Last October I released ida_kernelcache, an IDA Pro toolkit for analyzing iOS kernelcache files. My goal was to make working with kernelcaches in IDA a bit easier by improving segment names, automatically converting some pointers into offsets, symbolicating virtual methods and virtual method tables, and automatically renaming stub functions in kexts. Today, I’m releasing what I’ve found to be the most useful part of the toolkit thus far: automatically reconstructing class layouts and C structs via data flow analysis.
I actually implemented this feature last November, and I’ve been using it since then to reverse kernelcaches in search of vulnerabilities. However, I believe it’s now time to release this work publicly.
Data flow analysis
The reason I started ida_kernelcache to begin with was to automatically determine the fields of
IOKit classes using observed access patterns. The idea is simple: based on how a virtual method
reads memory from the implicit
this parameter (argument 0), it should be possible to reconstruct
the offsets and sizes of many of the class’s fields. No such analysis can be perfect, of course, as
much crucial information has been lost during compilation. Nevertheless, even getting a rough idea
of the class layout can greatly aid in reverse engineering.
The key feature underlying class reconstruction is data flow analysis. There already exist many
data flow analysis frameworks, some of them quite sophisticated, but for the purposes of this
project it seemed easiest just to write a basic one myself. The implementation is available in the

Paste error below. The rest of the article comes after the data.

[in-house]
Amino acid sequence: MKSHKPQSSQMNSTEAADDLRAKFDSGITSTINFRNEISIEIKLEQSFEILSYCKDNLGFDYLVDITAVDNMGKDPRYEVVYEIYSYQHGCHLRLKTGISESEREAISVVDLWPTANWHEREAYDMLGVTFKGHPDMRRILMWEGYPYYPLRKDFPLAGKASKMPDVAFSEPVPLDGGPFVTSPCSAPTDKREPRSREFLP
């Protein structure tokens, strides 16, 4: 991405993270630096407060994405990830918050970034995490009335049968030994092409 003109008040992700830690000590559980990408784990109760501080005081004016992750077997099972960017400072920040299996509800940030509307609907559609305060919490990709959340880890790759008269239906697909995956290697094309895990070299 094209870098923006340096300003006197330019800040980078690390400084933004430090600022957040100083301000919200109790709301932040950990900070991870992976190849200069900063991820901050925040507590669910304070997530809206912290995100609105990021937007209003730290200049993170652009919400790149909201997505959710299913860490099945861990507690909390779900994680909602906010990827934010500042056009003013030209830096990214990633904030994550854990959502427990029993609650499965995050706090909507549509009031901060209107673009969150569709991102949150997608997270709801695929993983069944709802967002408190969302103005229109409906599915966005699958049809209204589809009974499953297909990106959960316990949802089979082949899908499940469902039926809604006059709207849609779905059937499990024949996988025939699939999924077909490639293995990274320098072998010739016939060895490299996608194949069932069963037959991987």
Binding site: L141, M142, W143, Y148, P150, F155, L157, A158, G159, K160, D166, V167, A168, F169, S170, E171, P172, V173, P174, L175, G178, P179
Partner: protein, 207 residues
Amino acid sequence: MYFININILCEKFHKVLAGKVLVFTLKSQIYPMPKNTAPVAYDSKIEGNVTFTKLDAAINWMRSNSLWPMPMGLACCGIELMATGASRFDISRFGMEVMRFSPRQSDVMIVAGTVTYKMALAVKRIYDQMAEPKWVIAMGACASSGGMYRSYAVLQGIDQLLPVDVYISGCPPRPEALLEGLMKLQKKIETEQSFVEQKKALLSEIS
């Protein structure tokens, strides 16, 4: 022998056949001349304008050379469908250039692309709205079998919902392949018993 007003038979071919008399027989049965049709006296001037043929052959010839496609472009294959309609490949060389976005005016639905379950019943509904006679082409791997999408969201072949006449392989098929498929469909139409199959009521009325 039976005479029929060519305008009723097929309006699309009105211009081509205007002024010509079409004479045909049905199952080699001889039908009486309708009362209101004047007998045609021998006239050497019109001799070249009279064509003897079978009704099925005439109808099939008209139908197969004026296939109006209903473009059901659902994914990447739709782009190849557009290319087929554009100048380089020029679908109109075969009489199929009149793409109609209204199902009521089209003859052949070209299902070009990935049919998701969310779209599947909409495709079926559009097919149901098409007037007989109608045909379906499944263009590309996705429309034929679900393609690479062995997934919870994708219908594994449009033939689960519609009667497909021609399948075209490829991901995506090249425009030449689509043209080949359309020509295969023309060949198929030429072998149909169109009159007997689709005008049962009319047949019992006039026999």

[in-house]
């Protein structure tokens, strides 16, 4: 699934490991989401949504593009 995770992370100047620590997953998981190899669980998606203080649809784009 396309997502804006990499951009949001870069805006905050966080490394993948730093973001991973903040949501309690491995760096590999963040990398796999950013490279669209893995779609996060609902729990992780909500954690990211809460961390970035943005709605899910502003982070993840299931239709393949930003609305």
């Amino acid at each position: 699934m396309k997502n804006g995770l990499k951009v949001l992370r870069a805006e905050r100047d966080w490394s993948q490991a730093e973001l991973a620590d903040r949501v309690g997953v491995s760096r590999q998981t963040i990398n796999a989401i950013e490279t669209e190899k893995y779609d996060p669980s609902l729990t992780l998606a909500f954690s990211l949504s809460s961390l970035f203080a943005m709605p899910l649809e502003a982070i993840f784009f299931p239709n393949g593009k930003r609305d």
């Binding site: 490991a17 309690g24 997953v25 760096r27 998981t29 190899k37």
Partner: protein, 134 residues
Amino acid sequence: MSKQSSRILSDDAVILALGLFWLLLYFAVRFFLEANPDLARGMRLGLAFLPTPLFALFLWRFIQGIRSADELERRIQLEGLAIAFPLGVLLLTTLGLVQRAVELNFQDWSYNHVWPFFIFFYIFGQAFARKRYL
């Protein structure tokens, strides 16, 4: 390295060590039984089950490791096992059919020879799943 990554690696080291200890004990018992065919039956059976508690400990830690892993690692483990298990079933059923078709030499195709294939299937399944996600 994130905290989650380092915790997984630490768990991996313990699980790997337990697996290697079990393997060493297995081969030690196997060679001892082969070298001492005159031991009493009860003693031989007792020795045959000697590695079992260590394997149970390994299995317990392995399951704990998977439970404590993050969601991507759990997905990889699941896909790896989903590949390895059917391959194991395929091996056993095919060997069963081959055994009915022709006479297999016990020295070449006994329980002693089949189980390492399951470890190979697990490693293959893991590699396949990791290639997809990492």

All this particular analysis does is take a set of registers and corresponding offsets into a
memory region and track what parts of the memory region are accessed by the code. For example,
consider the following fragment of assembly from
AppleKeyStoreUserClient::registerNotificationPort is a non-static C++ method, we know that
x0 must be a pointer to an
AppleKeyStoreUserClient instance on entry. Thus, we can gather
insight about the structure of the
AppleKeyStoreUserClient class by observing accesses to the
memory region pointed to by
x0. Tracing through the execution of the code, we see a 1-byte access
0xf8 into the region followed by an 8-byte access at offset
0xd8. (The 8-byte store
0xd0 of register
x0 on the last line does not access the same region because
clobbered on all paths that reach this instruction.) This tells us that
probably has a 1-byte field at offset
0xf8 and an 8-byte field at offset
Of course, there are many tricky situations that are difficult or impossible for the data flow